NWS Releases Spring Flood Outlook
Iowans should be prepared for potential flooding this spring, according to the National Weather Service’s (NWS) spring flood and water resource outlook for eastern Iowa.
A wet fall left the area with nearly saturated soils going into winter. The melt rate of the current snowpack will also have an impact on possible flooding, as will potential heavy spring rains.
The report predicts a very high probability of at least minor flooding along the Mississippi River and its tributaries in eastern Iowa. The NWS outlook also forecasts an above normal chance of major flooding, as well as a better than average chance of moderate to major flooding at the lower ends of river systems, including the Rock, Cedar, Iowa, and Wapsipinicon rivers. Ice jam flooding is also a possibility.
Here are the main points from the NWS outlook:
- High confidence of widespread rises to near or above minor flood stage on all area rivers, but low confidence on the peak severity of any flooding that occurs.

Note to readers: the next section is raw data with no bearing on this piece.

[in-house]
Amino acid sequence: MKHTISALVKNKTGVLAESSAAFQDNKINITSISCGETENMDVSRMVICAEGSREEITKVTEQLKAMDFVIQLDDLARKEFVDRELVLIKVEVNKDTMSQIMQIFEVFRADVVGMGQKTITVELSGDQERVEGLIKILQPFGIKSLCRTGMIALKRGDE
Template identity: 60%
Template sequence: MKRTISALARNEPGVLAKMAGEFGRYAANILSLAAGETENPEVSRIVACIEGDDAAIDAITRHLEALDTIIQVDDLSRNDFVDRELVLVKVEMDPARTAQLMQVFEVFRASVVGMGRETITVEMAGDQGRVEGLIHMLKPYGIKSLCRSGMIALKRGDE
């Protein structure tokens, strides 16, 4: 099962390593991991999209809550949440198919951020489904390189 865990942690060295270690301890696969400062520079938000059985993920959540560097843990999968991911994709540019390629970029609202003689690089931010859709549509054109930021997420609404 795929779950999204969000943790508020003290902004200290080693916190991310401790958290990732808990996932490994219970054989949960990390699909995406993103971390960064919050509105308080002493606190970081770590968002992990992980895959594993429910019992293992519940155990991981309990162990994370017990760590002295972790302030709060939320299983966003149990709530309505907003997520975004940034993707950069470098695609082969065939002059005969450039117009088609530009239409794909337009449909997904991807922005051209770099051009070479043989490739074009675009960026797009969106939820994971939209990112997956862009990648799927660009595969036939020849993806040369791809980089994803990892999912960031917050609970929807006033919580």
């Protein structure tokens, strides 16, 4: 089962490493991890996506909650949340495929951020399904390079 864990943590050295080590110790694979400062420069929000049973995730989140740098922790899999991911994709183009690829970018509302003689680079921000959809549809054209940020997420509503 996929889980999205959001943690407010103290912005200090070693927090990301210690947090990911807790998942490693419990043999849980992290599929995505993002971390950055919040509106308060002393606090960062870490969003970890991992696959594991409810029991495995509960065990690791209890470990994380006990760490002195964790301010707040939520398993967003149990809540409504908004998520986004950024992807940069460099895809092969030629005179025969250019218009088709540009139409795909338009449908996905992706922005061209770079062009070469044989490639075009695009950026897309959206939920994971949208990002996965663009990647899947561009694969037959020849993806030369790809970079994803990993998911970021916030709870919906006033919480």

- Saturated soil conditions from southern Minnesota into northeast Wisconsin and all areas southward in the region, as well as deep frost in the northern parts of the region will lead to high amounts of runoff from snowmelt, spring rains, or a combination of the two.
- Snowmelt alone will likely cause rises in river levels to near or above flood stage.
- Any significant spring rains will increase the potential for high-impact flooding this season.
- Ice action in the rivers will continue to be a factor in potential flooding into March.
- The rate of snowmelt will be essential to the severity of flooding that occurs this spring
Iowa Flood Center (IFC) Director Witold Krajewski encourages Iowans to take advantage of the tools and resources of the IFC to be better prepared for potential flooding. In particular, the Iowa Flood Information System (IFIS) offers a convenient, easy-to-use one-stop web platform to stay abreast of up-to-the-minute stream and river levels, flood forecasts, and more.
“IFIS can help communities and individuals prepare for and respond to floods,” Krajewski says. “With this near-real time information, Iowans can make better decisions to reduce property damage and save lives.”